Sunday, July 31, 2016

Horses, Bulgaria

Good morning on this terribly hot summer morning! Back to another edition of Sunday Stamps, this time on the subject of horses.

This lovely set comes from Bulgaria, issued back in 1991, showing 8 different breeds of horses. I must note down that I am really ignorant when it comes to horse breeds, even though I really love these animals and my heart hurts when I see people using them for all that heavy work....not to mention how they treat them =/

The horses shown here are as follows:

- 0.05 lev - the Przewalski's horse - a rare and endangered subspecies of wild horse (Equus ferus) native to the steppes of central Asia. It was named after the Russian geographer and explorer Nikolay Przhevalsky, who was the first known European to describe the only extant species of wild horse.

- 0.10 lev - Tarpan - also known as Eurasian wild horse, is an extinct subspecies of wild horse. The last individual believed to be of this subspecies died in captivity in Russia in 1909, although some sources claim that it was not a genuine wild horse due to its resemblance to domesticated horses.

- 0.25 lev - Arabian horse - a breed that originated on the Arabian Peninsula. With a distinctive head shape and high tail carriage, the Arabian is one of the most easily recognizable horse breeds in the world. It is also one of the oldest breeds, with archaeological evidence of horses in the Middle East that resemble modern Arabians dating back 4,500 years. Throughout history, Arabian horses have spread around the world by both war and trade, used to improve other breeds by adding speed, refinement, endurance, and strong bone. Today, Arabian bloodlines are found in almost every modern breed of riding horse.

- 0.35 lev - White Arabian horse - many Arabians appear to have a "white" hair coat, but they are not genetically "white". This color is usually created by the natural action of the gray gene, and virtually all white-looking Arabians are actually grays. A specialized colorization seen in some older gray Arabians is the so-called "bloody-shoulder", which is a particular type of "flea-bitten" gray with localized aggregations of pigment on the shoulder.

- 0. 42 lev - Scottish Pony (probably the most adorable looking one) - known as the Highland Pony - one of the largest of the mountain and moorland pony breeds of the British Isles. Its pedigree dates back to the 1880s. It was once a workhorse in the Scottish mainland and islands, but today is used for driving, trekking and general riding. They are very hardy and tough, they rarely require shoeing, and are very economical to keep. They usually don't need rugs, and are generally free from many equine diseases.

- 0.60 lev - a (heavy) draft horse - a large horse bred to be a working animal doing hard tasks such as plowing and other farm labor. There are a number of breeds, with varying characteristics, but all share common traits of strength, patience, and a docile temperament which made them indispensable to generations of pre-industrial farmers.

For more beautiful horses on stamps, visit today's edition of Sunday Stamps!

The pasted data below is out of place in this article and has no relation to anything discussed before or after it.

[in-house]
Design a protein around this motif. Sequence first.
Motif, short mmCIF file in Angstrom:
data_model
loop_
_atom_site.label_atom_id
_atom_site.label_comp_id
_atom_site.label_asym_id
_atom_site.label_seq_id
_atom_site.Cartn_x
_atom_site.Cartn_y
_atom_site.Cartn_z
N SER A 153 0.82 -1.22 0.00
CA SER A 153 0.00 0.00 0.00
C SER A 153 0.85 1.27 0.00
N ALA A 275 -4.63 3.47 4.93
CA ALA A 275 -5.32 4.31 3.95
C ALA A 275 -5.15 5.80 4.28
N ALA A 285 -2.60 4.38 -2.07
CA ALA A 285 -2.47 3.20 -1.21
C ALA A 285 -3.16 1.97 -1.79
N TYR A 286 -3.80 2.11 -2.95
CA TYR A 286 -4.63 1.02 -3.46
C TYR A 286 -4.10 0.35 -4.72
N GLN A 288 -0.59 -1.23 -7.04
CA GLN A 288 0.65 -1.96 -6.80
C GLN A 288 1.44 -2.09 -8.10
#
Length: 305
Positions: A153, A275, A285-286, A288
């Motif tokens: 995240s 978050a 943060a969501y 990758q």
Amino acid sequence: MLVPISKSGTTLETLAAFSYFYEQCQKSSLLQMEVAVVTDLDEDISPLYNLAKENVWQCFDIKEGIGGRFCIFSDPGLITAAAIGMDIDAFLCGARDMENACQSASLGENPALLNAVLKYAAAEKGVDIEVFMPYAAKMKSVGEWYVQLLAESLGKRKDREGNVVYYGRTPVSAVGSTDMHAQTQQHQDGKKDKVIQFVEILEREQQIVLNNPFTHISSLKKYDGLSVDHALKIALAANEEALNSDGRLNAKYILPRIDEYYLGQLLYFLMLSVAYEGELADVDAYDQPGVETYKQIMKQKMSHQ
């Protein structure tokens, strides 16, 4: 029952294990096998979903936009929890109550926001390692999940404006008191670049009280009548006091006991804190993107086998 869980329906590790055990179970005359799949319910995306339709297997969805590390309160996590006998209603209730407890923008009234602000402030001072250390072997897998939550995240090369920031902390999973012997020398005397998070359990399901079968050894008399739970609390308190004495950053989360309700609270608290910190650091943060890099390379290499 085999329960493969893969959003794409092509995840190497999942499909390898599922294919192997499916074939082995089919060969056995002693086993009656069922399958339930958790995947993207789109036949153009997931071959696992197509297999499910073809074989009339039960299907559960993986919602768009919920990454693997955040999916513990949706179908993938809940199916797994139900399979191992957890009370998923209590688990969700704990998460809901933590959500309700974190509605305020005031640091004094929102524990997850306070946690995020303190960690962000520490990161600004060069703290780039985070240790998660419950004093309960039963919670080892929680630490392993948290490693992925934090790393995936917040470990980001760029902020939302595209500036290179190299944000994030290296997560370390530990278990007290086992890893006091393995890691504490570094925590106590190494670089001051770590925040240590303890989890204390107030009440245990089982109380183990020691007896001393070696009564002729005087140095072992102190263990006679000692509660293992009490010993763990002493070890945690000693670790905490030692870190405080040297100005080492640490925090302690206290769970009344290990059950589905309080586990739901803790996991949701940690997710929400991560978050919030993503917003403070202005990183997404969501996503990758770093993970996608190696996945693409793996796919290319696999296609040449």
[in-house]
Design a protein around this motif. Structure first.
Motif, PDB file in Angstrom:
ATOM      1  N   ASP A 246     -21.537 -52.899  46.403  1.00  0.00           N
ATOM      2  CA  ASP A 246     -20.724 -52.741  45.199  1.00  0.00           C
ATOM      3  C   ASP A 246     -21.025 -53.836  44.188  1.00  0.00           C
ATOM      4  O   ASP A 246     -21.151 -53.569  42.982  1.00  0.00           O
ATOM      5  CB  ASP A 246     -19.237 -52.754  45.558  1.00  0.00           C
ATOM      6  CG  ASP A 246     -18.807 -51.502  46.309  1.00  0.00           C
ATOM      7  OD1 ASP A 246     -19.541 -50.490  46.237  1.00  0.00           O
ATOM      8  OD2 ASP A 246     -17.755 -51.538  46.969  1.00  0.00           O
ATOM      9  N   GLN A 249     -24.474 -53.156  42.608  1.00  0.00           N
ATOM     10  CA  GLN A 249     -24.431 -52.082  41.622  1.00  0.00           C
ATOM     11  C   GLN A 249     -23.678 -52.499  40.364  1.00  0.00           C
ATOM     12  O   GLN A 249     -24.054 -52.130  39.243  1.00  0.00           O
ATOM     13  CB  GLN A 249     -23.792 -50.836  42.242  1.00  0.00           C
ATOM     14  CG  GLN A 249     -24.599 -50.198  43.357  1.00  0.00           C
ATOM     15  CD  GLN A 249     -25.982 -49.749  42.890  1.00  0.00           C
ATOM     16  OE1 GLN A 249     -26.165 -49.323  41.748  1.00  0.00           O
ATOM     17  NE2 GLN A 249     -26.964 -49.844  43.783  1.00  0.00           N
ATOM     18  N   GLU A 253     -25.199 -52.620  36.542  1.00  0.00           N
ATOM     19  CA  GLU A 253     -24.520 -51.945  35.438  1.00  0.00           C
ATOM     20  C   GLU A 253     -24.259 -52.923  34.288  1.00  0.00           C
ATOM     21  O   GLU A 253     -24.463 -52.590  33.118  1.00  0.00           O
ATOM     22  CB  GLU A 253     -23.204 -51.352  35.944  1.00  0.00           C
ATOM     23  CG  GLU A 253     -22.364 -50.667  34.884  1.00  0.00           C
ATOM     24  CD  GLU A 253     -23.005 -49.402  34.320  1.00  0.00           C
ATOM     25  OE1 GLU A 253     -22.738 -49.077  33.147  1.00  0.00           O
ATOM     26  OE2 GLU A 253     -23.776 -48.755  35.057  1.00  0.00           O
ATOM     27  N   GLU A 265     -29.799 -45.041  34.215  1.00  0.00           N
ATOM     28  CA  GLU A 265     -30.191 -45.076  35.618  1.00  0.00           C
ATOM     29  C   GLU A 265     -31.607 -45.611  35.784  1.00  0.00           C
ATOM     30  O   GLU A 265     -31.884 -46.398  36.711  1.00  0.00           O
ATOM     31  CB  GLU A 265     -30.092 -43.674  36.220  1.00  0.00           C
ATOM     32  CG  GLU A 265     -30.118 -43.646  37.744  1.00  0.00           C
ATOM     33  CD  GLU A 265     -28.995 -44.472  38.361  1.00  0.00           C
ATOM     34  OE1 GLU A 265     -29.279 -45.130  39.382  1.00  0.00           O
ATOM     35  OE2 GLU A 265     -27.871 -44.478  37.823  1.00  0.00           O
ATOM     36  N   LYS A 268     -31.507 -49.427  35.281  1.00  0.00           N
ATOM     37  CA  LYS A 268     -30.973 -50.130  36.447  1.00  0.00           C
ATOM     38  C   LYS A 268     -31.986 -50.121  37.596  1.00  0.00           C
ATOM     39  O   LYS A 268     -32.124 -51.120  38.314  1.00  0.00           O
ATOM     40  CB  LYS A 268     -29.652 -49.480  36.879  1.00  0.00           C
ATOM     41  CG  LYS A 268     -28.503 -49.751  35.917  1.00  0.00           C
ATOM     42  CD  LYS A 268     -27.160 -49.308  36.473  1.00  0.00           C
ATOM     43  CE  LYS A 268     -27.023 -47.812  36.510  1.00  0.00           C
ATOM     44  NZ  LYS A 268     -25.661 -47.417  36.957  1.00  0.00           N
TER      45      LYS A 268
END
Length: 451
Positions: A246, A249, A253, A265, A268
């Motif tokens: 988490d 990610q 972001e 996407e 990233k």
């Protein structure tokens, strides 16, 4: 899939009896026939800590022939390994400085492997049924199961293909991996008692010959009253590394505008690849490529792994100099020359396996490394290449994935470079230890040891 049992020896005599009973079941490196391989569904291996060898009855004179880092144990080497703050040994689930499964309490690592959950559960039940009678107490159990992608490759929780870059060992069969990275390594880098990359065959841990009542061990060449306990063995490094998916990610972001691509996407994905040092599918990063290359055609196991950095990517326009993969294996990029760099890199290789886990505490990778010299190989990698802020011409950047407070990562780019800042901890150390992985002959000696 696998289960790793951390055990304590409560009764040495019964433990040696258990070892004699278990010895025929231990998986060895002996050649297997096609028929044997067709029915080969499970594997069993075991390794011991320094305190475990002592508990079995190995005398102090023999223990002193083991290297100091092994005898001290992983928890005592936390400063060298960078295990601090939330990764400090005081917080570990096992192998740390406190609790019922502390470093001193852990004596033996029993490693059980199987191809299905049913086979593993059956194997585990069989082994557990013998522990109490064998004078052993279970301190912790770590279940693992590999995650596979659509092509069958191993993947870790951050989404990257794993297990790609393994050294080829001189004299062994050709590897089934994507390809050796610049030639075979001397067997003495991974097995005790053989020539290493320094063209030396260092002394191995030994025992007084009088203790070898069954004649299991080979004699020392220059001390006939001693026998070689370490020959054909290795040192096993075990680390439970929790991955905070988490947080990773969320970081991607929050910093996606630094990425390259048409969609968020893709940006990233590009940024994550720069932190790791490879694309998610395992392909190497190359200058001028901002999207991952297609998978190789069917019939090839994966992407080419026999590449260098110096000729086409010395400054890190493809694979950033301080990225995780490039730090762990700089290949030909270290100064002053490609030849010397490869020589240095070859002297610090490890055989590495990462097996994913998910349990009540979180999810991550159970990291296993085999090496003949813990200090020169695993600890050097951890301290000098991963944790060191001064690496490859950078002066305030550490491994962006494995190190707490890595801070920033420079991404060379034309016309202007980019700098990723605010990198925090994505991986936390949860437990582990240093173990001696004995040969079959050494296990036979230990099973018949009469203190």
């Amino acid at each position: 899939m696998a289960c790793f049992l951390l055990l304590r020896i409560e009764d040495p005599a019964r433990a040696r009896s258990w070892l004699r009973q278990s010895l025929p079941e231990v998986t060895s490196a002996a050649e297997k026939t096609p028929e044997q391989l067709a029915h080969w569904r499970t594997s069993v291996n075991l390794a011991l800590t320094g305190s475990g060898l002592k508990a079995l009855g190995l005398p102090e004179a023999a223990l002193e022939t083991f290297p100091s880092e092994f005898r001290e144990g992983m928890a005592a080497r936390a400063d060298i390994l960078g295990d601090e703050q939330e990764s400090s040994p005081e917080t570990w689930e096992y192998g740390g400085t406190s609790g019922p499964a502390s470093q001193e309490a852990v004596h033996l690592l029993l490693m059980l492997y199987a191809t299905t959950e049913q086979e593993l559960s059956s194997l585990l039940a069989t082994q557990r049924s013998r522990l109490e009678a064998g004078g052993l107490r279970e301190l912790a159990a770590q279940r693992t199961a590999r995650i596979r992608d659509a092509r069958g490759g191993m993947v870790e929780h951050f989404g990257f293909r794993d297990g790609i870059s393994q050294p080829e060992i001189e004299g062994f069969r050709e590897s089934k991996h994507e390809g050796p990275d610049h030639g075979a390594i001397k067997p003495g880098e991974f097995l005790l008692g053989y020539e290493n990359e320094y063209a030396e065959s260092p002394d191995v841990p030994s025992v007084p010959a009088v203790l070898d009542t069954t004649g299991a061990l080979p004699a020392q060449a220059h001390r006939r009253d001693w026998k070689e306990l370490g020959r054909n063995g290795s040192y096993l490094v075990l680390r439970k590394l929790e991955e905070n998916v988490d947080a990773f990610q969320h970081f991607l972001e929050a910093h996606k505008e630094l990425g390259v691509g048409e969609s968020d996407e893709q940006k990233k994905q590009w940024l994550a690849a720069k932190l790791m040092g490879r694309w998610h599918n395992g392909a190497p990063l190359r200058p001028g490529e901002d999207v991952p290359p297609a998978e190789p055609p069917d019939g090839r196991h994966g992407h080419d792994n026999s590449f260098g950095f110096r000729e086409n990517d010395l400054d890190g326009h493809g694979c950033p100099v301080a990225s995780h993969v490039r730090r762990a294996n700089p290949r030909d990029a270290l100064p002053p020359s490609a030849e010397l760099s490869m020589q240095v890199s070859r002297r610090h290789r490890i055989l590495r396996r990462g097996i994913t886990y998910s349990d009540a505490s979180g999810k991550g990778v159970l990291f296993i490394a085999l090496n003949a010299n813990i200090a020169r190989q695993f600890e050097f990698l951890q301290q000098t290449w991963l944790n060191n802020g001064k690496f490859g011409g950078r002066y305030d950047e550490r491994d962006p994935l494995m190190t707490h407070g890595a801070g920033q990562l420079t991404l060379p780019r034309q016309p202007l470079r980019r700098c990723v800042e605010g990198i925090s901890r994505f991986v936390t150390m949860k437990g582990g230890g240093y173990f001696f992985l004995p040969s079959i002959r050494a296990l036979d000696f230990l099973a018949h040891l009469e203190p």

Sunday, July 24, 2016

Indonesian Traditional Food, Indonesia

Hello Sunday Stampers, food-lovers, regular and random visitors :)

As you can see, today's Sunday theme is food - yum yum yummie! I personally love food (I think it is a bit obvious if you know me personally :D) and in general I love trying out new foodstuffs, new tastes and long as it is not meat...I am not a real vegetarian, some kind of quasi-vegetarian, but I am really not into meat (which was clearly shown during my last blood test).
Except for the occasional chicken/turkey, or something made of minced meat....meat is a big no-no for me...mainly cos I just dislike its texture...from the bite itself I get this "I'm gonna feel sick" feeling...I have had these situations when I was little, and my parents would try to trick me into eating lamb by telling me it was chicken, but c'mon, you can smell lamb from miles afar :D

Ok, anyways, as for today, I have this set of 8 stamps from 2010 showing traditional Indonesian food.

I haven't tried Indonesian food before. Not so long ago, there was this event organized here, something like an evening of Indonesian Food, and I was really keen on going, until I realized that you had to pay something like 15 euros for it...which for some may not sound much, but for our standards here it is a bit overboard. I can go to a Thai restaurant for example and eat really well for half the in the end I skipped the Indonesian thing.

This here is the seventh issue of "Indonesian Traditional Food" stamp series, that started in 2004. The 2010 series 7 designs. that are:

- 1/7 Sup Lobster Kelapa Muda from West Sulawesi - a West Sulawesi traditional soup which is rich with marine ingredients which gives the soup its rich flavours  (fresh lobster, squid and shrimp enriched with fresh pumpkin and tasty broth soup and fresh young coconut, where you can taste not only the coconut water, but also the pieces of coconut meat.

- 2/7 Gulai Iga Kemba'ang from Bengkulu - Bengkulu is not only famous for its traditional cakes, but also its specific and strong traditional food. Gulai Iga Kemba'ang is one of them. It is a well known traditional cuisine of Bengkulu -beef ribs smeared with thick coconut milk and special seasoning increase the good and strong taste of this food. The roasted coconut increases the taste of the ribs curry.

- 3/7 Ayam Cincane from East Kalimantan - Ayam Cinace is one of the menus often recommended at big events, such as weddings or welcoming guests of honor. Chicken meat is wrapped by a thick chili seasoning and soy sauce and the delicious flavor of Cincane seasonings (onion, garlic, hazelnut, ginger and galangal). The splash of coconut milk increases the taste of Ayam Cincane.